What We Can Learn From the Fake Restaurant Fiasco on TripAdvisor

Hotels and restaurants live and die by reviews. And for the longest time, rankings on sites like TripAdvisor have been used as a leading indicator for popularity and satisfaction. But the algorithm used by those sites presents a problem; it takes only a handful of recent, 5-star reviews to boost the ranking of your venue. A reporter from VICE actually pulled this off last month when he successfully created a fake restaurant and made it the top-rated eatery in London. Can you believe that? He gamed the system in one of the best restaurant cities in the world — with a completely made-up business.

So what does this mean for restaurants and hotels? Reviews will, of course, continue to act as a signal for consumers. But hospitality businesses should start looking at other signals to truly understand the popularity of their location and satisfaction of their guests. Consider the impetus for a review: A customer either had a really good experience or a really bad one, and they want to tell other people about it. So the vast majority of your reviews are likely very positive, while a subset of them will be quite negative. It’s very polarizing. Plus, something like one out of every 2,000 hotel guests leaves a review, so you’re not working with a representative sample size.

What we’ve started to notice, however, is a macro trend of location-specific social content — what we call “geosocial data.” As social networks have gone mobile, more and more people are sharing their experiences with the context of location. This produces orders of magnitude more content than reviews (I’ve read that one out of ten people post publicly while traveling), generating a democratic ranking system that can’t easily be gamed. Sure, influencers may post a positive story about a hotel after getting a free room or vice versa, but there’s so much organic content on social media that it’s so incredibly difficult for one single person (or a few bad apples) to get away with affecting a hotel’s or restaurant’s ranking in a meaningful way.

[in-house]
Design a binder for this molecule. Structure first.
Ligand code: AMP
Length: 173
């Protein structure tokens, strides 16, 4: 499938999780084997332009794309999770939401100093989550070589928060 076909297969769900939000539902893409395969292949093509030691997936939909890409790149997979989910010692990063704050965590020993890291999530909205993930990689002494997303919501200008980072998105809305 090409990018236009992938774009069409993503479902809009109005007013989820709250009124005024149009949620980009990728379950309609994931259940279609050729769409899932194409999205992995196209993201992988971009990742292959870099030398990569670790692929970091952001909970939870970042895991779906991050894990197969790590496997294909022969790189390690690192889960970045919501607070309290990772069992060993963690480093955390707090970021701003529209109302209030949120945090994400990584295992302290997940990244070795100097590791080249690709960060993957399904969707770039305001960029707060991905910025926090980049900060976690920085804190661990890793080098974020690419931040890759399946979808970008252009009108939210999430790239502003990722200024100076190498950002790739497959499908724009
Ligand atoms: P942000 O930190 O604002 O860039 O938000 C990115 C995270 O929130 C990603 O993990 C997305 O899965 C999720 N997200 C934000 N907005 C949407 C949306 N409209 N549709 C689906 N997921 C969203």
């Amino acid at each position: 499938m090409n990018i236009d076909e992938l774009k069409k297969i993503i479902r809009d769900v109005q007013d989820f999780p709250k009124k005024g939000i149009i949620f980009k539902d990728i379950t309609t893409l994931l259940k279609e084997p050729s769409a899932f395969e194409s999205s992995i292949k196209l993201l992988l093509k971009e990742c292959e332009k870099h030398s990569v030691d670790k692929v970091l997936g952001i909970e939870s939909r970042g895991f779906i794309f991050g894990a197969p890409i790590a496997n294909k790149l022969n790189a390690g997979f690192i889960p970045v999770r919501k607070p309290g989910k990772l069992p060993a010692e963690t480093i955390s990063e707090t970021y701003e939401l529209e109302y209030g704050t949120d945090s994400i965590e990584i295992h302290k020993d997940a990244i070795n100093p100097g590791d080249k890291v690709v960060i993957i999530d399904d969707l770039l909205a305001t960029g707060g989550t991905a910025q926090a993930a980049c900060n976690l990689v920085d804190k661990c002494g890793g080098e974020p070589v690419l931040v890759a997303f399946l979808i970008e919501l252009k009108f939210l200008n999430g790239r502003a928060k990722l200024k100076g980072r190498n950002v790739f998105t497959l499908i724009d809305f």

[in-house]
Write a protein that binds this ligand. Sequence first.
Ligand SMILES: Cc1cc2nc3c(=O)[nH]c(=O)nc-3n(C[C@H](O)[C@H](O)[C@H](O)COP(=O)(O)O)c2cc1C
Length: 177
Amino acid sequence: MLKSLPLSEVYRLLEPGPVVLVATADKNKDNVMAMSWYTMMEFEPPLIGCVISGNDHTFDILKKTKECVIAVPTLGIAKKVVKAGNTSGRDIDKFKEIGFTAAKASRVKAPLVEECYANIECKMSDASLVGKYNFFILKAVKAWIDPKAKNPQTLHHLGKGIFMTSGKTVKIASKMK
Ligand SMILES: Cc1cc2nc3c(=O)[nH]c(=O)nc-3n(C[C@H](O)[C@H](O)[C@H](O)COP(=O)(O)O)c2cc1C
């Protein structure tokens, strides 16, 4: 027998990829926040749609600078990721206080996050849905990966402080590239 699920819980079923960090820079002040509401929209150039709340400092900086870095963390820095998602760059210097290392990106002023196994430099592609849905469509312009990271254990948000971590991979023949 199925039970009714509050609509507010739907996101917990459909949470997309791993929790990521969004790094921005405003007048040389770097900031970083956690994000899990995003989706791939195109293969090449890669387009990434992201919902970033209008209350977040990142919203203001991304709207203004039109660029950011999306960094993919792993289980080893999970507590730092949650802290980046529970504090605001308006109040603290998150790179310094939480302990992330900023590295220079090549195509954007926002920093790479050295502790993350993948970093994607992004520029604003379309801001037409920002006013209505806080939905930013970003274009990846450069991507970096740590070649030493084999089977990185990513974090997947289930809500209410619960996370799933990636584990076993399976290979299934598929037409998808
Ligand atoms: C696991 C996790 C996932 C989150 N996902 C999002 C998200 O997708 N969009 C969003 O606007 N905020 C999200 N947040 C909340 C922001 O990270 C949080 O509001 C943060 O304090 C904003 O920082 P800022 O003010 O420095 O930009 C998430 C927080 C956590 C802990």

Geosocial signals are a way for us to look at an unfiltered dataset of real experiences, and it acts as a powerful tool for businesses with locations.

Geosocial data allows us to look at a massive number of signals from real people, on location, sharing their experiences publicly for all the world to see. That’s so much more authentic than looking at a few reviews people have left for a property. These posts also guide our experiences as consumers. I may look at TripAdvisor to find a place to eat, but before making a reservation, I’ll look at the restaurant’s Instagram geotag feed to see what happens when other people go there. It’s a way for us to look at an unfiltered dataset of real experiences, and it acts as a powerful tool for businesses with locations.

For example, hotels use RevPAR (revenue per available room) as an apples-to-apples comparison of revenue generation across the industry. But what about experience? With geosocial data, we can normalize the volume of social posts generated from a venue by its capacity, creating an apples-to-apples comparison of experience across all hotels (which is what we did with our Geosocial Index). In this way, geosocial data unlocks the “experience” equivalent of RevPAR — and we gave it a name: LovePAR ?.

And this is just the start. HYP3R is building the world’s first-ever geosocial CRM of high-value consumers across the globe so that hotels, restaurants, gyms, airlines and countless other business with foot traffic can create meaningful customer experiences, convert unknown consumers and, ultimately increase revenue.

Hotels like Marriott, Hard Rock and Westin are using geosocial data right now to analyze guest and competitive behavior on location, engage guests on-property in delightful ways, and acquire high-value guests and loyalty members. Click here to learn more.

Carlos Garcia
Author Carlos Garcia CEO